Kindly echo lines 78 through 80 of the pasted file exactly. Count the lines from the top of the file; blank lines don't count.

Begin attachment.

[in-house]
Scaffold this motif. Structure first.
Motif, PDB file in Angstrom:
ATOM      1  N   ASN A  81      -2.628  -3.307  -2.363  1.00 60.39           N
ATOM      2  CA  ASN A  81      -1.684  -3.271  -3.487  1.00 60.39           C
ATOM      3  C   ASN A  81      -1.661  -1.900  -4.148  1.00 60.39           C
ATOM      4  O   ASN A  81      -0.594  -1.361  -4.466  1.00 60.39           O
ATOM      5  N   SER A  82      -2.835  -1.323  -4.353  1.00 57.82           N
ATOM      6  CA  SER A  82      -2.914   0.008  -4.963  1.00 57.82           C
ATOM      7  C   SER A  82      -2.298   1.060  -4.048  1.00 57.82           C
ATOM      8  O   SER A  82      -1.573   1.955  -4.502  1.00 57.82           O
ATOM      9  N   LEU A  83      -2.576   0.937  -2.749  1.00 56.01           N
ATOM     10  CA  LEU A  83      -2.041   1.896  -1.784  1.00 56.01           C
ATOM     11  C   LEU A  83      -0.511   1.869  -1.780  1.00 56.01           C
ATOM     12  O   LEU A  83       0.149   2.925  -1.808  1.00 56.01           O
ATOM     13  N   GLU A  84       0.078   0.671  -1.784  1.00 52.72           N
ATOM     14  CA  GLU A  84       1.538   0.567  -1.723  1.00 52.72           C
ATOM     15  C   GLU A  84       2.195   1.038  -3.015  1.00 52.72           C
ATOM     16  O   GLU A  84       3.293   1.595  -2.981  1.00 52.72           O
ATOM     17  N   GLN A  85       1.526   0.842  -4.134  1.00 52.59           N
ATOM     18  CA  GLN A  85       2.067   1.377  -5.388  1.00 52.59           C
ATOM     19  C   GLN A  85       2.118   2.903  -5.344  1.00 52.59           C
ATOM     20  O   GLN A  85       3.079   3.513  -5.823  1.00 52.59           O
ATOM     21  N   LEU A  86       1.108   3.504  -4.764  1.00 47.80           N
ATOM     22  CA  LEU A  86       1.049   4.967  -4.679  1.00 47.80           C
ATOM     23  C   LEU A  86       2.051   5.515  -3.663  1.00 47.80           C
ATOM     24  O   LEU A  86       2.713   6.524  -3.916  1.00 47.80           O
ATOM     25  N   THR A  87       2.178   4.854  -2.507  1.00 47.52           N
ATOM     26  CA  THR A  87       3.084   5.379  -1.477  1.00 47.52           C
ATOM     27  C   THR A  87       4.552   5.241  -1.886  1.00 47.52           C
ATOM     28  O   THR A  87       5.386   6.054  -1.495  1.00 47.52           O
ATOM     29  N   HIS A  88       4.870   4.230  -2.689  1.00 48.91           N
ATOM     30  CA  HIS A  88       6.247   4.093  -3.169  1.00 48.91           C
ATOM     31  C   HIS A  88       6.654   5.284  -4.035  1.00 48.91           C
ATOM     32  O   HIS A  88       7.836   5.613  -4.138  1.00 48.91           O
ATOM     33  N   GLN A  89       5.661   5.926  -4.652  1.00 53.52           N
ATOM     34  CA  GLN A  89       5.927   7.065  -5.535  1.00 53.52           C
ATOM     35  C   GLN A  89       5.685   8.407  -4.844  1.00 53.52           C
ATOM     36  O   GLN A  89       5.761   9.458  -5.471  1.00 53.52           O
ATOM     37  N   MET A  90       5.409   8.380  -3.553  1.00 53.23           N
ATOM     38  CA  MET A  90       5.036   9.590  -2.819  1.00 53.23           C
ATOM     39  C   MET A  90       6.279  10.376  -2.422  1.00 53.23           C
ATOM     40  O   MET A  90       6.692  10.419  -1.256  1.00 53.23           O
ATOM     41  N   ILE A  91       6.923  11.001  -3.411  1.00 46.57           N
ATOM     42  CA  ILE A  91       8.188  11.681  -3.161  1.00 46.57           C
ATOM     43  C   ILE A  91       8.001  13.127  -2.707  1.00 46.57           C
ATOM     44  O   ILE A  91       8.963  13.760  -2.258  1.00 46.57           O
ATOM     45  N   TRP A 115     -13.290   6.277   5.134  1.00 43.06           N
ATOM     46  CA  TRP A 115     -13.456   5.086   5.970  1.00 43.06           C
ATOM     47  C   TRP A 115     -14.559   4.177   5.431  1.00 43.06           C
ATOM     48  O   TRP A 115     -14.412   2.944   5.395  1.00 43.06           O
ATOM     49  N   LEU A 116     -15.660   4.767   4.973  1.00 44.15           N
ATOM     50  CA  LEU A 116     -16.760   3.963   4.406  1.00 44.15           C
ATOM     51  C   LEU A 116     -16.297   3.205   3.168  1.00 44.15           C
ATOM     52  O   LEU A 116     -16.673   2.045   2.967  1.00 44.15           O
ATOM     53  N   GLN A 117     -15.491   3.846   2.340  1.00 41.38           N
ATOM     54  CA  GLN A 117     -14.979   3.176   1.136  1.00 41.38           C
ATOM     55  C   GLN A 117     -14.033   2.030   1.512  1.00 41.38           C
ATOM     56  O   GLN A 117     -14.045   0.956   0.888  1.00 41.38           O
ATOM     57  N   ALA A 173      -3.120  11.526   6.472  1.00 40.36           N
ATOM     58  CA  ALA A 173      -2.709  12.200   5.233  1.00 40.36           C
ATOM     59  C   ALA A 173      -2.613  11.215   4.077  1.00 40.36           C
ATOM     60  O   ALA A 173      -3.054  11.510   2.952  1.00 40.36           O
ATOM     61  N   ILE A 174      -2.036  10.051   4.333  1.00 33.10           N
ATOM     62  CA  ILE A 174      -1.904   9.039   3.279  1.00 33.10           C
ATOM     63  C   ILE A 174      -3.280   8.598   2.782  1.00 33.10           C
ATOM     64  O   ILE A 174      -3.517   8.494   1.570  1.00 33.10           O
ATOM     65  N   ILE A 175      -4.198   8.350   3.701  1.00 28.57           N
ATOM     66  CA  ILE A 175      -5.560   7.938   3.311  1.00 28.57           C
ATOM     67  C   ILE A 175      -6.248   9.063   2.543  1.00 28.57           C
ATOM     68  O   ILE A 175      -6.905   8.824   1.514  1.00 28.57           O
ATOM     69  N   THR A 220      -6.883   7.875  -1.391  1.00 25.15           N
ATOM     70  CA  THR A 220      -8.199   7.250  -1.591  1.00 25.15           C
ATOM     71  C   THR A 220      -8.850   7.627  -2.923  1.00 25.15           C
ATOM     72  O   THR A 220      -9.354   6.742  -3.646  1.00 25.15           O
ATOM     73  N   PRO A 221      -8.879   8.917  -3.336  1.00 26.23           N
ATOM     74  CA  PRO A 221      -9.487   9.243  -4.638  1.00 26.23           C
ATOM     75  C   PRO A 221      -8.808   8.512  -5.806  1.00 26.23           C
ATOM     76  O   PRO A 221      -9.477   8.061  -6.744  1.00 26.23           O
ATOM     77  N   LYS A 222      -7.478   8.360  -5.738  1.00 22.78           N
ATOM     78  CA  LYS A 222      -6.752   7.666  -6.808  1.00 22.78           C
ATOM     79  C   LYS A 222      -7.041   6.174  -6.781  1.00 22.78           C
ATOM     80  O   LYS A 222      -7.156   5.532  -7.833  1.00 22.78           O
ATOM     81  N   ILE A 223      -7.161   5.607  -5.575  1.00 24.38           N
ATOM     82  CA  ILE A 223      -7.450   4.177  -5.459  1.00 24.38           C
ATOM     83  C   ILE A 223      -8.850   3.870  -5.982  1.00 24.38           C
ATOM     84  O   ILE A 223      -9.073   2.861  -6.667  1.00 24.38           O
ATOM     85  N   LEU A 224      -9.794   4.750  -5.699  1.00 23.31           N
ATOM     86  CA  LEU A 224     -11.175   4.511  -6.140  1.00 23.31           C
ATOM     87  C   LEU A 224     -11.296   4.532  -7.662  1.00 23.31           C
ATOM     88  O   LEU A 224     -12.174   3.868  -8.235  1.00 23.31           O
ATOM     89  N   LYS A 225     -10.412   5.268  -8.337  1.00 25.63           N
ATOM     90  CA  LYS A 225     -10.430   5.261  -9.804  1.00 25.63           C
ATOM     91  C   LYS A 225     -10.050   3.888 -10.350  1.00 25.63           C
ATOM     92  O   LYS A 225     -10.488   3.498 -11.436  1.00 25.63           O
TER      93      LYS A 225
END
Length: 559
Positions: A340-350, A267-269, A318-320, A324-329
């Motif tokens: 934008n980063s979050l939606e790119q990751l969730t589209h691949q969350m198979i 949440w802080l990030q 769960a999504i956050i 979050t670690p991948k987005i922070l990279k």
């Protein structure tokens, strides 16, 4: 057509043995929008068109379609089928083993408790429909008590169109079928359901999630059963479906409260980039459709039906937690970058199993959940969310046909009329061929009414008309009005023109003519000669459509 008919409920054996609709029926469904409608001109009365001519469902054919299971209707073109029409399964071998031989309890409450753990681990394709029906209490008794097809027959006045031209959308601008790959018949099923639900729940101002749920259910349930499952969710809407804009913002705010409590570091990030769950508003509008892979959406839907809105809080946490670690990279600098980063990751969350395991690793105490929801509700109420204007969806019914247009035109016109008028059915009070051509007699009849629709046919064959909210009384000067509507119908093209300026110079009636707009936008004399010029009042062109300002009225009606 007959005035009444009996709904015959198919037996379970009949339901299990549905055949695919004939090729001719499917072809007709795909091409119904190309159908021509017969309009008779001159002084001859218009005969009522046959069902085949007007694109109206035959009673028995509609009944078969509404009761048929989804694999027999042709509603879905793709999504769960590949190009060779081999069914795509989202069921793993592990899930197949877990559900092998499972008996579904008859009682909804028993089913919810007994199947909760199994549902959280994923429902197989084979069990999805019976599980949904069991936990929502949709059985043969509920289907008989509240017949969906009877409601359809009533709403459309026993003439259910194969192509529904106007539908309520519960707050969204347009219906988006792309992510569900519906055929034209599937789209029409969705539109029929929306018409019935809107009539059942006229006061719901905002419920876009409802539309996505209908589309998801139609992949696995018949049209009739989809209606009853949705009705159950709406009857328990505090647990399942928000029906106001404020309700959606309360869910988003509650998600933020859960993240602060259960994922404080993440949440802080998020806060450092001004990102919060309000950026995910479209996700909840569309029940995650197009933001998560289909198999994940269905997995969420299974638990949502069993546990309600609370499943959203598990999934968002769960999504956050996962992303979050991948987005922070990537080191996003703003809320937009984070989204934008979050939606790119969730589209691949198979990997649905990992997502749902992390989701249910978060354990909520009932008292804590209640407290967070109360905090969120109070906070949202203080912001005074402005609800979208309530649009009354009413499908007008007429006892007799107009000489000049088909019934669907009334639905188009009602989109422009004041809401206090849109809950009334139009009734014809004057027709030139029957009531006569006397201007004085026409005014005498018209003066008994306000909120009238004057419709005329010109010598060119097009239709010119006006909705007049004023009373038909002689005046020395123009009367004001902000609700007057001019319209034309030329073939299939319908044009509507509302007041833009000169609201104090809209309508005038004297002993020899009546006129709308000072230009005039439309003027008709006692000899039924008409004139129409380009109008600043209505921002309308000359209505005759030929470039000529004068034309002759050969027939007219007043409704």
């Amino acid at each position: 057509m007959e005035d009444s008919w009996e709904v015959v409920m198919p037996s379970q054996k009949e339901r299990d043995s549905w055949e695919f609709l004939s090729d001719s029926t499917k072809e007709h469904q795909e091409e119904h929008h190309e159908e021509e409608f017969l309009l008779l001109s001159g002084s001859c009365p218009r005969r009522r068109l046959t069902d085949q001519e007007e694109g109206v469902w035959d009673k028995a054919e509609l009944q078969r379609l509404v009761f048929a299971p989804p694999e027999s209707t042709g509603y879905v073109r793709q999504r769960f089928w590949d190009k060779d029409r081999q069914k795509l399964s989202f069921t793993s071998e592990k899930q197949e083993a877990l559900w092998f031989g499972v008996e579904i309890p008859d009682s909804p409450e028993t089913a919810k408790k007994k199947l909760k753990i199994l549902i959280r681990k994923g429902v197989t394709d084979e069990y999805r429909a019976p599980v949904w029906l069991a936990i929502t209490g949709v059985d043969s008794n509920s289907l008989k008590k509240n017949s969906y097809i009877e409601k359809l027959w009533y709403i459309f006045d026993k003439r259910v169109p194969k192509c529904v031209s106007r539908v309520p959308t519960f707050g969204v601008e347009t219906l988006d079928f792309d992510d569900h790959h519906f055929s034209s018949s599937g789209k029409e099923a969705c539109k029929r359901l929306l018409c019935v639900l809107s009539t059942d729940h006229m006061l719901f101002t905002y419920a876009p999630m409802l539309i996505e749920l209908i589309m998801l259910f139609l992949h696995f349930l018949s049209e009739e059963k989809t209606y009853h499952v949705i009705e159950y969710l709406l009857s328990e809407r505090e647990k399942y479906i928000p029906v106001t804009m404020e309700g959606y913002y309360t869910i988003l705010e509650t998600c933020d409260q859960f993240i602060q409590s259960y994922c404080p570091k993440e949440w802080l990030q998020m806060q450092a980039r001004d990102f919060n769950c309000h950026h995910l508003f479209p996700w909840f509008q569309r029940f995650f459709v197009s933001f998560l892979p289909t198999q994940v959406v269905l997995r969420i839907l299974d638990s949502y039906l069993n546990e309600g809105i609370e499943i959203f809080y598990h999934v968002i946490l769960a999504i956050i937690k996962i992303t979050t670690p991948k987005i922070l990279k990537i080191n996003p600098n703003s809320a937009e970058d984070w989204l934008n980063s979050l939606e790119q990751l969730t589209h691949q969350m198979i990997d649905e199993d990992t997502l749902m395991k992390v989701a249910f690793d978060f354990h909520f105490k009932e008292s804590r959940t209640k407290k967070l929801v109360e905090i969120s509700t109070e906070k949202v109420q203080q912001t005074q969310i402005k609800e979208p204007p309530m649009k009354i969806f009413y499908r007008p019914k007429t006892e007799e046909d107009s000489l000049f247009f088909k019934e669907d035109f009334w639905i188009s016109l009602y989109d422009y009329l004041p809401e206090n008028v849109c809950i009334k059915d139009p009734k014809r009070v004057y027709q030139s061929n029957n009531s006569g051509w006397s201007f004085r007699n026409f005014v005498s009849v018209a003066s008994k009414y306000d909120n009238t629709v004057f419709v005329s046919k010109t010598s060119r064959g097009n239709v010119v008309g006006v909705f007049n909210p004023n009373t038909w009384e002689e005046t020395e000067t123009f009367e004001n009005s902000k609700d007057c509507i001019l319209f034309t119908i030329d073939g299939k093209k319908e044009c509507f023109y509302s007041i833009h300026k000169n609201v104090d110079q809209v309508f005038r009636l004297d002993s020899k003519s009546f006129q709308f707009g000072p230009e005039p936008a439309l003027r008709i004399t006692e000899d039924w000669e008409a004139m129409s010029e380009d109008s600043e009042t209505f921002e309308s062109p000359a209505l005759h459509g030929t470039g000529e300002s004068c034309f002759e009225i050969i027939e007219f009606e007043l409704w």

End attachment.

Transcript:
ATOM     75  C   PRO A 221      -8.808   8.512  -5.806  1.00 26.23           C
ATOM     76  O   PRO A 221      -9.477   8.061  -6.744  1.00 26.23           O
ATOM     77  N   LYS A 222      -7.478   8.360  -5.738  1.00 22.78           N